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Moral Support


Techniques Willpower > Moral Support

Description | Example | Discussion | See also



When you are seeking to persuade others with willpower, it can help if you know that your friends are behind you and agree with your case, even if they are not going to become personally involved.

Check in with friends before you engage with the person you must persuade. Ask them if they think you are right. Of course they are your friends and will likely agree with you (if they do not, listen to them). Even though they may be biased, knowing they support you can help bolster you when face-to-face with others. This will also enable you to stand your ground, confident that you are not alone.


A student thinks a mark is unfair and wants to argue the case with their lecturer. They talk to their friends first, showing them the paper. The friends show indignation at the obvious unfairness and encourage the student to seek a better mark. The student then goes to the lecturer who at first tries to dismiss them but eventually agrees to review the paper and increases the mark as a result.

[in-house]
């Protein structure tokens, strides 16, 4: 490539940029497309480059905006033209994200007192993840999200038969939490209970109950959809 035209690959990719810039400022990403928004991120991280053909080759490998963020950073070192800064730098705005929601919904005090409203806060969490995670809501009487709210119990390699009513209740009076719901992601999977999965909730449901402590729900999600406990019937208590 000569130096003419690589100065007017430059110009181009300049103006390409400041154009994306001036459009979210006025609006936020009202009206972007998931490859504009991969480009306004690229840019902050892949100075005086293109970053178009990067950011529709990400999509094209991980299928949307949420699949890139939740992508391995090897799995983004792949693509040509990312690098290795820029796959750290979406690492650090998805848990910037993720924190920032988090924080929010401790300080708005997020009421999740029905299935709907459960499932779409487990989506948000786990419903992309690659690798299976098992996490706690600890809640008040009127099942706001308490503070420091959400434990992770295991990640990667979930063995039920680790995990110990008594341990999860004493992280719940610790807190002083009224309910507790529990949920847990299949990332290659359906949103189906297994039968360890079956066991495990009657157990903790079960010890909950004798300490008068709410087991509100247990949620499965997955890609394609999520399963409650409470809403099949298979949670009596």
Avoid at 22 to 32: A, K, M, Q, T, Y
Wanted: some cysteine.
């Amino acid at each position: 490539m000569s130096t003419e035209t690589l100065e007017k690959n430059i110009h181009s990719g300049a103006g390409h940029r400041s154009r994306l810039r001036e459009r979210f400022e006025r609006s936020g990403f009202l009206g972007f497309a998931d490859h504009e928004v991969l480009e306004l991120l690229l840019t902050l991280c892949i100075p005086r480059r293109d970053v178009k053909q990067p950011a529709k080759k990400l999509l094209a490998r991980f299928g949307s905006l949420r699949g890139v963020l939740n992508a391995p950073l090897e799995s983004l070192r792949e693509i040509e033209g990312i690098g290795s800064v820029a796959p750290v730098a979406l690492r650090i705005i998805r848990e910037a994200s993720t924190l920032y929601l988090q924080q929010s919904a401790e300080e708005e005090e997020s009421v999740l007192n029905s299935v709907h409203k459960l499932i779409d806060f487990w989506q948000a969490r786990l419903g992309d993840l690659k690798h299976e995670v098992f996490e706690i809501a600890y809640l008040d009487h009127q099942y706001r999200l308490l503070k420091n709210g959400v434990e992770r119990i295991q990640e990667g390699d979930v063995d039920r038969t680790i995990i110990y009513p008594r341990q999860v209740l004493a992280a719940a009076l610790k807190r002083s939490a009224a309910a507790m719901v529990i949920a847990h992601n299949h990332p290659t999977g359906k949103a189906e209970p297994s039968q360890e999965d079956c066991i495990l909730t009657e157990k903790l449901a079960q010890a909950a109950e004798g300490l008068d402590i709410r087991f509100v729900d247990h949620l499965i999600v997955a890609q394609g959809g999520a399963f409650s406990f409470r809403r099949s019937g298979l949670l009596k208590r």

A person at work wants to ask for a rise. Their partner encourages them and talks through their possible arguments. The person then goes to the boss and stands their ground, talking about what they have done and what they can do. They don't get a rise immediately, but the annual review results in a larger than expected rise.


One reason we waver when disagreeing with others is that we suspect that they may be right and that we may be wrong. If we are wrong and everyone blames us or thinks us bad then we risk being socially excluded, which is one of the worst things that can happen to us.

 Getting your friends to offer moral support to you means they think you are right, which then gives you the moral high ground in any later argument. Your friends may also offer further arguments you can use.

See also

Values, Relationships, Theories about friendship


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